A Career Woman's Perspective on Home Buying | John Burns Real Estate Consulting

A Career Woman’s Perspective on Home Buying


It is no secret that women’s role in the workplace has been steadily rising since the 1950s. In fact, the percentage of women in the workforce has doubled since the 1950s, while the percentage of men in the workforce has fallen 11%.

 

 

We have identified “The Rise of the Working Woman” as one of the top 4 demographic opportunities in our book, Big Shifts Ahead. So what do they want in housing? My husband and I are currently shopping for a new home. Let me provide my own personal situation as an example.

1. Location Must Save Me Time: In previous generations when the man was typically the head of the household, the location of the family home was primarily based on his employer. Today, approximately 38% of women earn more than their husbands, and the location of the woman’s employer is equally important.

 

 

I travel frequently for my job and prefer to be within close proximity to the airport and the interstate. My husband would love to buy some acreage in a rural location, but for me that is not an option. For other working women, they may prefer to live close to public transportation, which provides an easier commute into a large city. Commute time matters as well, as only 5% of new home shoppers are willing to drive over an hour to work.*

2. Home Office: Although I have a work office, a functional home office is very important. On days when I travel and want to get in a few hours of work before hitting the road, or when I need to stay home to wait for a repairman, a functional home office is essential. In fact, according to our 2016 National Consumer and Product Insight Survey, approximately 20% of new home shoppers work from home three or more days a week, and 39% prefer a formal home office.

3. Family Considerations: The Great Recession caused many demographic shifts, and delayed marriage is one of them. I was born in the early 1980s. My generation, “The 1980s Sharers,” is marrying 1.2 years later than those born in the 1970s, and a whopping 4.4 years later than our 1950s Innovator parents. I married within the past year, doing my part to continue that trend!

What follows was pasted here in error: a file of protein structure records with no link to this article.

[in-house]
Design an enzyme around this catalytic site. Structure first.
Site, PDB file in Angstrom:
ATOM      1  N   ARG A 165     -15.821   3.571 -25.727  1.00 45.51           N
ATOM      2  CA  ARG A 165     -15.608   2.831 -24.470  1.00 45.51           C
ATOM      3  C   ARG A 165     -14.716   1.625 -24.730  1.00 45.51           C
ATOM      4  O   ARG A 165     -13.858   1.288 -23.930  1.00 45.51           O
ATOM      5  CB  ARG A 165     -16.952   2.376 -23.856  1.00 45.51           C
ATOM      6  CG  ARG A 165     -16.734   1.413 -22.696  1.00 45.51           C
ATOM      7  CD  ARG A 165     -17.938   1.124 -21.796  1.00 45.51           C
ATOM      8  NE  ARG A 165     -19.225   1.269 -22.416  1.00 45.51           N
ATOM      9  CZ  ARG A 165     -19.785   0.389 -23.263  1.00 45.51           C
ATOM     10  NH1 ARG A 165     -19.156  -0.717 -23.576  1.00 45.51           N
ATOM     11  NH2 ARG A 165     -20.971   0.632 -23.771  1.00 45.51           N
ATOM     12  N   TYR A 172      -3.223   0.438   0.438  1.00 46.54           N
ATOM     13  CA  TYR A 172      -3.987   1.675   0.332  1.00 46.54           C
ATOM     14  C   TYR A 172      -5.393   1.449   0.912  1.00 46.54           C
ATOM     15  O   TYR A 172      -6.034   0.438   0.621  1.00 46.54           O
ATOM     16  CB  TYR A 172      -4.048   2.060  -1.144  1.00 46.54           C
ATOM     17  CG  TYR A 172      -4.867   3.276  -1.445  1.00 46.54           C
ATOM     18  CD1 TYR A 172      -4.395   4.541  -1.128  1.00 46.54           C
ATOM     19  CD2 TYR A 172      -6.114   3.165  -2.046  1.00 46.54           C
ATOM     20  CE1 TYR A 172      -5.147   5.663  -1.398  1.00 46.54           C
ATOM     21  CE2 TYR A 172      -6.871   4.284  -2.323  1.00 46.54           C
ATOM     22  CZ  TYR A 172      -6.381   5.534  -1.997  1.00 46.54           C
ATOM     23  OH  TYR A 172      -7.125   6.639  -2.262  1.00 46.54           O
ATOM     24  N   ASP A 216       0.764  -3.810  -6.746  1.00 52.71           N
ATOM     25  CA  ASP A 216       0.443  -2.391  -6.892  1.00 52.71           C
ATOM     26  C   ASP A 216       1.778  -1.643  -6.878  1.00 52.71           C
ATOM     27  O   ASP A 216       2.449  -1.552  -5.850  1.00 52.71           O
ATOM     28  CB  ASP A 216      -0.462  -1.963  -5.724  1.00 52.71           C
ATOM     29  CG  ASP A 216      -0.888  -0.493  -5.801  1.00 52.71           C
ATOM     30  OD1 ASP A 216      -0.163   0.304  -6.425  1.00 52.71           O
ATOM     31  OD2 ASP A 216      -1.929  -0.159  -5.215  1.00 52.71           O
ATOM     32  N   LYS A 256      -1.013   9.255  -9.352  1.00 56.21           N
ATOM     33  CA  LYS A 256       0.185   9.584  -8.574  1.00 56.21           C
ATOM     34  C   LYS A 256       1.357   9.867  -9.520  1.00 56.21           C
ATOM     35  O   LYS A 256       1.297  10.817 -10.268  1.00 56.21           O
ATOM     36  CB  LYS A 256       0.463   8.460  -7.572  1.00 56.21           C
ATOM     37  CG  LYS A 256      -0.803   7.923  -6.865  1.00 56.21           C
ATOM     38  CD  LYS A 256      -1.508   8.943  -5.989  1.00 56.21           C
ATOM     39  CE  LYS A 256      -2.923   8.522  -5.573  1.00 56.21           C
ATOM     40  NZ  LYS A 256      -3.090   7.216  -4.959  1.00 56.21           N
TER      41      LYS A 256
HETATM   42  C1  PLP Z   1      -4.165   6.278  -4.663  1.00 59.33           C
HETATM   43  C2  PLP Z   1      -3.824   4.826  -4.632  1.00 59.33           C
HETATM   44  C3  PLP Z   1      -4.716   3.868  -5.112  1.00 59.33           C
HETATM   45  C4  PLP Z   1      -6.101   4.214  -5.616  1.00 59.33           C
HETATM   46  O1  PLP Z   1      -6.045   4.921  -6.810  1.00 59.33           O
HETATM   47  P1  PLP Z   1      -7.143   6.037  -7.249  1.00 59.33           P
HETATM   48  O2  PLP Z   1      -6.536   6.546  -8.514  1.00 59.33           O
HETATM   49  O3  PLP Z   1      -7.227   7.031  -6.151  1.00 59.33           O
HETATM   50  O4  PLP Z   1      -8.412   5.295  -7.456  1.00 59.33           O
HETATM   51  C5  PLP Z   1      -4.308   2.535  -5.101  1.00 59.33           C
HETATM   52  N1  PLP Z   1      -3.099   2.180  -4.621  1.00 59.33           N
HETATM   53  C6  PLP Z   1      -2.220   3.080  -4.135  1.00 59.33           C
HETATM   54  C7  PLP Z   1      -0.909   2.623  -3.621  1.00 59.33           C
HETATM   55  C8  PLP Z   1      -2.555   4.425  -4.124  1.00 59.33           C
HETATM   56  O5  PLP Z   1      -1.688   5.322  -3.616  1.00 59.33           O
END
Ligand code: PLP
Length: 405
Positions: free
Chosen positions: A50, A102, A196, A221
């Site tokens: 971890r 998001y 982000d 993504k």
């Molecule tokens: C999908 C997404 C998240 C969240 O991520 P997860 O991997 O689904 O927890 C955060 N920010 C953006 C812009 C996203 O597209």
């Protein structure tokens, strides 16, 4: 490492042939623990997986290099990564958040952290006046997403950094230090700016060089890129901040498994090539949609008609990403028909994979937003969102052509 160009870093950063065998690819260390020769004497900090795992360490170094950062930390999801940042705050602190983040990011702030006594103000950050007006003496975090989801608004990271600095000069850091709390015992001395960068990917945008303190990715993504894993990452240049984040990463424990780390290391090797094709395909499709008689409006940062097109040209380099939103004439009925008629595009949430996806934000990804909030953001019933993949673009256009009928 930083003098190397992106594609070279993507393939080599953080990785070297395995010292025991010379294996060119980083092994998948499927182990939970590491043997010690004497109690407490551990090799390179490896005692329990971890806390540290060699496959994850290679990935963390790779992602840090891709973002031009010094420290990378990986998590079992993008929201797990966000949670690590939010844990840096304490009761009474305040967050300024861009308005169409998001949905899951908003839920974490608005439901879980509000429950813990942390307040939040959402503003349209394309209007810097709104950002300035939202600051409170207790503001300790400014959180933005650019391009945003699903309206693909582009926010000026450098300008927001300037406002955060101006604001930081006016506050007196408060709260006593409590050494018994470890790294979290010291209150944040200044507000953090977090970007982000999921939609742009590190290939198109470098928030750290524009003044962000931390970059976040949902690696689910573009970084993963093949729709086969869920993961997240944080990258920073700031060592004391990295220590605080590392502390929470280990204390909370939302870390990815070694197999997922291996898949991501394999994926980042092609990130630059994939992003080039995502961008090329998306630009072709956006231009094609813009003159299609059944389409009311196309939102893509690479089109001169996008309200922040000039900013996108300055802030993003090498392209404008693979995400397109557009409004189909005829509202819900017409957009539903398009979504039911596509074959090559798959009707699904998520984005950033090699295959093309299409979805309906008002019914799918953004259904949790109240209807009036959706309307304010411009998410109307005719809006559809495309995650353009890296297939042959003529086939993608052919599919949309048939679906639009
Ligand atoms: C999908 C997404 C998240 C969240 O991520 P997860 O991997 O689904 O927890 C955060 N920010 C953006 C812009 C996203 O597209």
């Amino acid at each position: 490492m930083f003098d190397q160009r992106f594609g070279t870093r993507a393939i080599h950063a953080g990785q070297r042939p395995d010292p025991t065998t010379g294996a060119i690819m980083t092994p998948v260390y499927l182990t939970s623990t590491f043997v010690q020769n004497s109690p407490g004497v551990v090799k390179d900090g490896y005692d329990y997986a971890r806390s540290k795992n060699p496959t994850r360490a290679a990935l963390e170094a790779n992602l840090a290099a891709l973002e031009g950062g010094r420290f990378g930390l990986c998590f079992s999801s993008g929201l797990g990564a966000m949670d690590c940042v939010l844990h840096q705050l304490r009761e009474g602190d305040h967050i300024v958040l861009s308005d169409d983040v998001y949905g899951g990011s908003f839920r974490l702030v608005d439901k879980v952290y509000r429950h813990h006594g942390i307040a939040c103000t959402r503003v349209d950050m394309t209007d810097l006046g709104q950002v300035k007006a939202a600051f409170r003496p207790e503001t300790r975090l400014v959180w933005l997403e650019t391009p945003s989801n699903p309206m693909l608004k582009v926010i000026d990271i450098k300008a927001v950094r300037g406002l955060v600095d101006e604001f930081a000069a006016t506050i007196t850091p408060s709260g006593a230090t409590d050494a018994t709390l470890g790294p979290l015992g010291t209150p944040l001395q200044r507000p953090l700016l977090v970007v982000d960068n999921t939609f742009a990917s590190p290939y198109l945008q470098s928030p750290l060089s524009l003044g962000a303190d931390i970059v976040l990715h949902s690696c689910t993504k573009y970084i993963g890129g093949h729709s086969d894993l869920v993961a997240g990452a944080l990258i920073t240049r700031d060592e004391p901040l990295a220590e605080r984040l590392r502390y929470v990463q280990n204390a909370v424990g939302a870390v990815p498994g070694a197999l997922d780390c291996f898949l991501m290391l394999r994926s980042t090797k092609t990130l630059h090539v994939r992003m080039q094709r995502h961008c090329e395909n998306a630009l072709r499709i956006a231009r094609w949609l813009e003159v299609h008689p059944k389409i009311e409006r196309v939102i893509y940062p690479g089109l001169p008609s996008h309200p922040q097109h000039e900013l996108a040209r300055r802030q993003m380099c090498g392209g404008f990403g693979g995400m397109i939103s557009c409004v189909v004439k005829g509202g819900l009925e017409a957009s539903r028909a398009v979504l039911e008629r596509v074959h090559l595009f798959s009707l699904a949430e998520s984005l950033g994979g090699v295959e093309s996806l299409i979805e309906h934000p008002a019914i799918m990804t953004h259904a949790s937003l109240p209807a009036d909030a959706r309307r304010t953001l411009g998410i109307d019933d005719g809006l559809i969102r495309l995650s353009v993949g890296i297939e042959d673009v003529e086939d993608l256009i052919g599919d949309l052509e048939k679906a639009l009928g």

As my husband and I look for a new home, we consider room for our three dogs and a future family. We want a large yard, a master bedroom on the same level as secondary bedrooms, and a “bonus” room, which can serve as a man cave for the time being. Safety, schools, and storage are key considerations as well.

4. Proceeding with Caution: Like many Sharers, I was a victim of layoffs during The Great Recession, and the financial and personal difficulties during that time remain fresh in my mind. (Thankfully, I didn’t buy that loft condo in downtown Chicago in 2007, or the repercussions would have been even worse.) As my husband and I look for a new home, we are focused on a price bracket much below what our combined incomes can afford.

5. Striving for Perfection: Like more than half of new home shoppers today,* my husband and I cannot find what we are looking for. Call me picky, but when it comes to a purchase we don’t necessarily have to make right now, we are going to ensure it fits both of our needs!

Conclusion

We need a larger house with a private home office in a location that minimizes driving. We are fortunate that we live in an area (Southwest Florida) where we can afford to purchase a home in a good school district, but all we can find are resale homes with dated floorplans in neighborhoods with strict pet restrictions. We would pay a nice premium for a new home, but just can’t find any that suit all of my aforementioned needs. Why?

For more information about demographic shifts, order your copy of Big Shifts Ahead on Amazon. For further information regarding Consumer Insights, contact Mollie Carmichael at 949-870-1214 or mollie@jbrec.com. For insight regarding Florida’s housing and demographic trends, please contact Kristine Smale.

 

*JBREC Product & Consumer Insights 2016

 

 


Kristine Smale If you have any questions, please contact Kristine Smale at (239) 300-5057 or by email.

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